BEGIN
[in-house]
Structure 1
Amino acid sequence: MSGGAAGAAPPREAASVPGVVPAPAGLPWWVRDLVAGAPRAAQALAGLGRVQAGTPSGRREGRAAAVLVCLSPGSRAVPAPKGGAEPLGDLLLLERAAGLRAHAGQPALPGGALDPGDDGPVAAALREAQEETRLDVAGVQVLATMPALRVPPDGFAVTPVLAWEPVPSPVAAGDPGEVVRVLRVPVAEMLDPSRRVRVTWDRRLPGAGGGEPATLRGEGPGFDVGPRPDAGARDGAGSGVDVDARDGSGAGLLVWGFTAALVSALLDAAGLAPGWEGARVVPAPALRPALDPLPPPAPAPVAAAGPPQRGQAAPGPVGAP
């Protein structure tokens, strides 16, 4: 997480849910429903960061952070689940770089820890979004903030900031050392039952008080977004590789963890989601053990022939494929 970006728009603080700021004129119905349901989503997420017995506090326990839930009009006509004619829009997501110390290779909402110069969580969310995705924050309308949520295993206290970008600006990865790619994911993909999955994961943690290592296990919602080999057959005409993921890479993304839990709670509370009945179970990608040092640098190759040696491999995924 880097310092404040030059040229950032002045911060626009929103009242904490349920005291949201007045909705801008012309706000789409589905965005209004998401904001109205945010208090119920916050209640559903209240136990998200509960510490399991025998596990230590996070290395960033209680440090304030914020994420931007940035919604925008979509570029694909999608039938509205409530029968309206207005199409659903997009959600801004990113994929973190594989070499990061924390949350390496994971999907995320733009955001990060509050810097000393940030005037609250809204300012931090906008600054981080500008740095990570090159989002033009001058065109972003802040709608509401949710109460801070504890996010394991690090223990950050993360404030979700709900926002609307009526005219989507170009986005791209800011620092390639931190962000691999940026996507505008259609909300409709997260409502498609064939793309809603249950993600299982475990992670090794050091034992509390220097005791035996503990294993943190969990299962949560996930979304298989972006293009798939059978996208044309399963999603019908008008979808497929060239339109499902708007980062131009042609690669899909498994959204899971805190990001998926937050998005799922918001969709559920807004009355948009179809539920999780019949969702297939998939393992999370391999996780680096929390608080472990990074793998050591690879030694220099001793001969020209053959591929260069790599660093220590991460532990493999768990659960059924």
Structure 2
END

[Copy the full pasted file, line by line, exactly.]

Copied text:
[in-house]
Structure 1
Amino acid sequence: MSGGAAGAAPPREAASVPGVVPAPAGLPWWVRDLVAGAPRAAQALAGLGRVQAGTPSGRREGRAAAVLVCLSPGSRAVPAPKGGAEPLGDLLLLERAAGLRAHAGQPALPGGALDPGDDGPVAAALREAQEETRLDVAGVQVLATMPALRVPPDGFAVTPVLAWEPVPSPVAAGDPGEVVRVLRVPVAEMLDPSRRVRVTWDRRLPGAGGGEPATLRGEGPGFDVGPRPDAGARDGAGSGVDVDARDGSGAGLLVWGFTAALVSALLDAAGLAPGWEGARVVPAPALRPALDPLPPPAPAPVAAAGPPQRGQAAPGPVGAP
């Protein structure tokens, strides 16, 4: 997480849910429903960061952070689940770089820890979004903030900031050392039952008080977004590789963890989601053990022939494929 970006728009603080700021004129119905349901989503997420017995506090326990839930009009006509004619829009997501110390290779909402110069969580969310995705924050309308949520295993206290970008600006990865790619994911993909999955994961943690290592296990919602080999057959005409993921890479993304839990709670509370009945179970990608040092640098190759040696491999995924 880097310092404040030059040229950032002045911060626009929103009242904490349920005291949201007045909705801008012309706000789409589905965005209004998401904001109205945010208090119920916050209640559903209240136990998200509960510490399991025998596990230590996070290395960033209680440090304030914020994420931007940035919604925008979509570029694909999608039938509205409530029968309206207005199409659903997009959600801004990113994929973190594989070499990061924390949350390496994971999907995320733009955001990060509050810097000393940030005037609250809204300012931090906008600054981080500008740095990570090159989002033009001058065109972003802040709608509401949710109460801070504890996010394991690090223990950050993360404030979700709900926002609307009526005219989507170009986005791209800011620092390639931190962000691999940026996507505008259609909300409709997260409502498609064939793309809603249950993600299982475990992670090794050091034992509390220097005791035996503990294993943190969990299962949560996930979304298989972006293009798939059978996208044309399963999603019908008008979808497929060239339109499902708007980062131009042609690669899909498994959204899971805190990001998926937050998005799922918001969709559920807004009355948009179809539920999780019949969702297939998939393992999370391999996780680096929390608080472990990074793998050591690879030694220099001793001969020209053959591929260069790599660093220590991460532990493999768990659960059924």
Structure 2